Shareef Abdur-Rahim Rumors

Abdur-Rahim disagreed with D’Alessandro’s decision to draft Nik Stauskas last year and expressed his belief guard Elfrid Payton would be a better fit for the Kings. According to multiple sources, Abdur-Rahim’s disagreement angered D’Alessandro, who then barred Abdur-Rahim from attending the NBA Summer League in Las Vegas, even though assembling the summer-league team was part of Abdur-Rahim’s responsibilities.
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Malone now joins Shareef Abdur-Rahim on the list of ousted employees the Kings hired before D’Alessandro and Chris Mullin — the latter a top adviser who has Ranadivé’s ear. Abdur-Rahim expressed disagreement with D’Alessandro, Mullin, and Mitch Richmond during the draft process, and left the team shortly after an argument on draft night, per several league sources.
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The Kings are leaving open the possibility that director of player personnel Shareef Abdur-Rahim will be with the team this season. League sources told The Bee this week Abdur-Rahim, the only executive left from the Maloofs’ ownership group, would not return, but other sources say he can return if he desires. Abdur-Rahim also served as general manager of the Reno Bighorns, the Kings’ NBA Development League affiliate. If Abdur-Rahim doesn’t return, he will be replaced internally. The team also has to hire a new coach for the Bighorns. Joel Abelson recently accepted a job with the New York Knicks.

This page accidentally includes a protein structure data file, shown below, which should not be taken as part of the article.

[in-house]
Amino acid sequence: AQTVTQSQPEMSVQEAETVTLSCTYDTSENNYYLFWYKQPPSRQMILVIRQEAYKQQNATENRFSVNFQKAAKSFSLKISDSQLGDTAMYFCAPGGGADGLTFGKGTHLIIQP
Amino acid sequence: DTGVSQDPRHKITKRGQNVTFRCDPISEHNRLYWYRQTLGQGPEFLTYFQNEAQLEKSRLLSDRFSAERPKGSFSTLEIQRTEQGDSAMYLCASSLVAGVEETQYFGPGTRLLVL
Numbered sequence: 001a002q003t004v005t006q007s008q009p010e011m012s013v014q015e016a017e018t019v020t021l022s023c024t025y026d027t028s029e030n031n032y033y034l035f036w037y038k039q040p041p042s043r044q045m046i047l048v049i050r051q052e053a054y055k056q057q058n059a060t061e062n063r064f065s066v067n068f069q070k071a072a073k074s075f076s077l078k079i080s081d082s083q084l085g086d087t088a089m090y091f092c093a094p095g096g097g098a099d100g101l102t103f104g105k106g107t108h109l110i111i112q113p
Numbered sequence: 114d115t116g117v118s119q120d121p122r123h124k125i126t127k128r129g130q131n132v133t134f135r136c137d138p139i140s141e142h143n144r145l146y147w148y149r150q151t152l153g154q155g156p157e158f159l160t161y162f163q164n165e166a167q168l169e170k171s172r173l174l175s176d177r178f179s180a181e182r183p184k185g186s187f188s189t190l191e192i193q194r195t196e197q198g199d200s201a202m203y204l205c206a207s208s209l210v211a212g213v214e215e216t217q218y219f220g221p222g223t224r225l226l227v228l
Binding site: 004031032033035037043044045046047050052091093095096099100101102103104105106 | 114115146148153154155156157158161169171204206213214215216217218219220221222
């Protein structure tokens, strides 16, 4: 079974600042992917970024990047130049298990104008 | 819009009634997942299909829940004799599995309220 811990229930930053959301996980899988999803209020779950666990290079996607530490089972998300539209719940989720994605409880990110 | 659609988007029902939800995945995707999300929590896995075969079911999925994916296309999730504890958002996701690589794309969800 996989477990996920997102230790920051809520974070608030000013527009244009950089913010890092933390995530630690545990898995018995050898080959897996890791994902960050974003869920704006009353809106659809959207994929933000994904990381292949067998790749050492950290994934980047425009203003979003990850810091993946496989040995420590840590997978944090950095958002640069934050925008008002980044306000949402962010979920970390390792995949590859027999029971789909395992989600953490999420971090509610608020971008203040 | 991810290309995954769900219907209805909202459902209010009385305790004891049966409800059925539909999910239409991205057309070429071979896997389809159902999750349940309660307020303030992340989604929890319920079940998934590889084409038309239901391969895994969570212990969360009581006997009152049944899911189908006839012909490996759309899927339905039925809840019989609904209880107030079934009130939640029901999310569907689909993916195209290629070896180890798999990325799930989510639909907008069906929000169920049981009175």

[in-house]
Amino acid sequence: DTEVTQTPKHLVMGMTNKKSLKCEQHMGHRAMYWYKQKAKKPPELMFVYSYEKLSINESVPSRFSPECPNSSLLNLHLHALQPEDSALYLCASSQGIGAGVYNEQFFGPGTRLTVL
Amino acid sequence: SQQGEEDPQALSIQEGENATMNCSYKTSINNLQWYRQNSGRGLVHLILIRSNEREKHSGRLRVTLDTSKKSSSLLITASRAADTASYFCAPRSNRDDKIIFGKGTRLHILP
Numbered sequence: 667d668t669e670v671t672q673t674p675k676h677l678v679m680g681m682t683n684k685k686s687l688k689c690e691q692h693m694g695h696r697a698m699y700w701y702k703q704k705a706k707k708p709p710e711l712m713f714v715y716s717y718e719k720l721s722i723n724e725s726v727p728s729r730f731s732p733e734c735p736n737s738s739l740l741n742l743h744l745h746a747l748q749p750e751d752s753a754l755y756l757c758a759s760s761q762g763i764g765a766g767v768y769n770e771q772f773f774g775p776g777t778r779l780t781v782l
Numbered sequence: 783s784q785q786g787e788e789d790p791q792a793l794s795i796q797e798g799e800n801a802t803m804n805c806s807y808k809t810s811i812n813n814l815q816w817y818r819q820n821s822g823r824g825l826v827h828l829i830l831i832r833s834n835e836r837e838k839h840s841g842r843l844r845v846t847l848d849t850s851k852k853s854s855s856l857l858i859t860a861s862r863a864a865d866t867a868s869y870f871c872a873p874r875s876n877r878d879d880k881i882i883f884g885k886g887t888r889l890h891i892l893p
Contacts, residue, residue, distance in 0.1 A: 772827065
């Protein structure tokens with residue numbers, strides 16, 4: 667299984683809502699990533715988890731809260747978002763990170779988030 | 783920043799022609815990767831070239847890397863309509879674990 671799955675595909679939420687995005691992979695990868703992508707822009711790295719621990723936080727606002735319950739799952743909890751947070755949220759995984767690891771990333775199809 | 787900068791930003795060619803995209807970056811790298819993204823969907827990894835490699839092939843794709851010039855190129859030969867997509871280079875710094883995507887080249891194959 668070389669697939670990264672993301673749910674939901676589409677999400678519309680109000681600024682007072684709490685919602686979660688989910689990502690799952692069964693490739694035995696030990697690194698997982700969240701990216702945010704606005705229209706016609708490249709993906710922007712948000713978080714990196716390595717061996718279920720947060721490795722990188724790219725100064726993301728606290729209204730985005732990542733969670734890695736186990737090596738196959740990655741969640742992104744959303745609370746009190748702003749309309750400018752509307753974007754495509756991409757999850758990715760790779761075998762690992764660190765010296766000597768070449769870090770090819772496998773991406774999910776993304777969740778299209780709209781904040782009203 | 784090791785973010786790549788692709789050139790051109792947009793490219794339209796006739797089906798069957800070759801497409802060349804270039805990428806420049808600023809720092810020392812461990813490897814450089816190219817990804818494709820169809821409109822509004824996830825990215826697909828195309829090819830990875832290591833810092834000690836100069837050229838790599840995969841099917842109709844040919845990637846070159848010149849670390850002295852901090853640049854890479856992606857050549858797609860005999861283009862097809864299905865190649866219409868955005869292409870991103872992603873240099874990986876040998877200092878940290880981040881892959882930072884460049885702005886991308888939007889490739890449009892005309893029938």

The only basketball executive to survive last year’s purge under the Kings’ new ownership could be out now, too. Shareef Abdur-Rahim is no longer with the Kings, league sources told The Bee on Wednesday. The Kings declined to comment. Abdur-Rahim wasn’t a visible presencewith the rest of the front office during the NBA Summer League, leading some to question if he was still with team. But he was credited with adding many of the players that won the summer-league championship. Abdur-Rahim, a former NBA All-Star forward, was the Kings’ director of player personnel and general manager of the Reno Bighorns, the Kings’ NBA Development League affiliate.